Communicating with Deaf Students in Inclusive Schools: Insights from Saudi University Faculty


  • Mubarak ALANAZI Department of Special Education, Jouf University,SAUDI ARABIA,


Saudi Arabia, communication, deaf, inclusive education, interaction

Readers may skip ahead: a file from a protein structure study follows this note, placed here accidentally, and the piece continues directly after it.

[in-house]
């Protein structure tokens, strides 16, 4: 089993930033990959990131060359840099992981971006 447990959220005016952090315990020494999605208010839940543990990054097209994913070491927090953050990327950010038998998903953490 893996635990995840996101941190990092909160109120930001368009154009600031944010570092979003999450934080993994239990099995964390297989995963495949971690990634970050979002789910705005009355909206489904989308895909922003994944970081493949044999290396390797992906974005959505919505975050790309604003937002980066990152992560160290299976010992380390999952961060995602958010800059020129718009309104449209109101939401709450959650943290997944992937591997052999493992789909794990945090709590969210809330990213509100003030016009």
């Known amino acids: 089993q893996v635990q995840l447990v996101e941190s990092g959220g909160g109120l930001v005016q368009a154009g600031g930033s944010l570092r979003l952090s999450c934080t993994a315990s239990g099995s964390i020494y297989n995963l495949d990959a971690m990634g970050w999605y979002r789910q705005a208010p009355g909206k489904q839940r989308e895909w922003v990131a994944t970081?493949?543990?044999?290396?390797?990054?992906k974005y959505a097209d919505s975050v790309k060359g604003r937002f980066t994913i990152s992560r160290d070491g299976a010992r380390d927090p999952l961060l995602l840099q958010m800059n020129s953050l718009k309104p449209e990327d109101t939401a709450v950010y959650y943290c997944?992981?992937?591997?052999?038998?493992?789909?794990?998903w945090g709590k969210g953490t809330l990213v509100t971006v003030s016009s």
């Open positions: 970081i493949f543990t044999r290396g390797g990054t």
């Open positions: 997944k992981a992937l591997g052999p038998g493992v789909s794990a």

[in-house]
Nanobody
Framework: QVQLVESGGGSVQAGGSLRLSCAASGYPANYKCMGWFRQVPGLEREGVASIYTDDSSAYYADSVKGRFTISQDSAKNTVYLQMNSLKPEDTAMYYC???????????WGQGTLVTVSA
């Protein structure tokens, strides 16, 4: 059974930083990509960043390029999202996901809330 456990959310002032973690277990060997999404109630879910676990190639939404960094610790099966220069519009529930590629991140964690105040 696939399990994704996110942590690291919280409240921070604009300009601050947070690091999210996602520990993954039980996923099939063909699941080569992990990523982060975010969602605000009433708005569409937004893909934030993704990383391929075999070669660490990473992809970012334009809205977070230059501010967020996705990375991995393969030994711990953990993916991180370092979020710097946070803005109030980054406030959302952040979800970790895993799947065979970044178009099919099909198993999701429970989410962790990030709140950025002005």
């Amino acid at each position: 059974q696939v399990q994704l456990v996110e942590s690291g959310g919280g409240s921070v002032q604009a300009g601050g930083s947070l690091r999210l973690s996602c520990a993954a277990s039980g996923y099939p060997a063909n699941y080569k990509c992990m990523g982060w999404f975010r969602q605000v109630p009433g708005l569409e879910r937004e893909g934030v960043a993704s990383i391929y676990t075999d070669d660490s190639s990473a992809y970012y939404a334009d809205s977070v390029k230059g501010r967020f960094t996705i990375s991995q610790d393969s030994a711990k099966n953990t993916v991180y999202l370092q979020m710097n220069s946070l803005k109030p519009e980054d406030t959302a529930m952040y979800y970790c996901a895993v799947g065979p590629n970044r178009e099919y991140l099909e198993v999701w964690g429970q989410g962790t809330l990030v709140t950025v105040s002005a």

Purpose: The present study sought to explore styles of inclusive communication with deaf people in mainstream schools by answering the following research questions: a) What styles of communication with deaf students may enhance inclusive education? b) what makes these styles effective? and c) how may these styles be applied? Method: This study used a single case design, a key qualitative technique for exploring inclusive styles of communication with deaf people. Semi-structured interviews with open-ended questions were conducted with 10 faculty members specialized in deaf education from Saudi universities to obtain clear data from informants. The informants were chosen using the purposive sampling method. Data was analyzed using data codes applied to the text in accordance with the content analysis method. Results: Informants demonstrated markedly different perspectives on sign language, spoken and written Arabic, and bilingual-bicultural and total communication philosophies, citing different reasons and conditions. Sign language was the most common approach chosen by the informants because it was the preferred style of communication for the deaf. It was also found that early intervention, type of deafness, the hearing status of the parents, time when an individual became deaf, were other factors that influenced the process of choosing a communication style in a specific inclusive setting. Implications for Research and Practice: Although inclusive communication with deaf people is not yet popular in Saudi schools, informants articulated hope that education would become more inclusive. Implications were drawn concerning effective communication practices in inclusive settings for deaf students. The findings offered insights helpful for instructors and education policy makers considering which styles of communication may make education more inclusive for deaf people. Future research is needed into the effectiveness of different approaches to communicating with deaf people in inclusive education across social-cultural contexts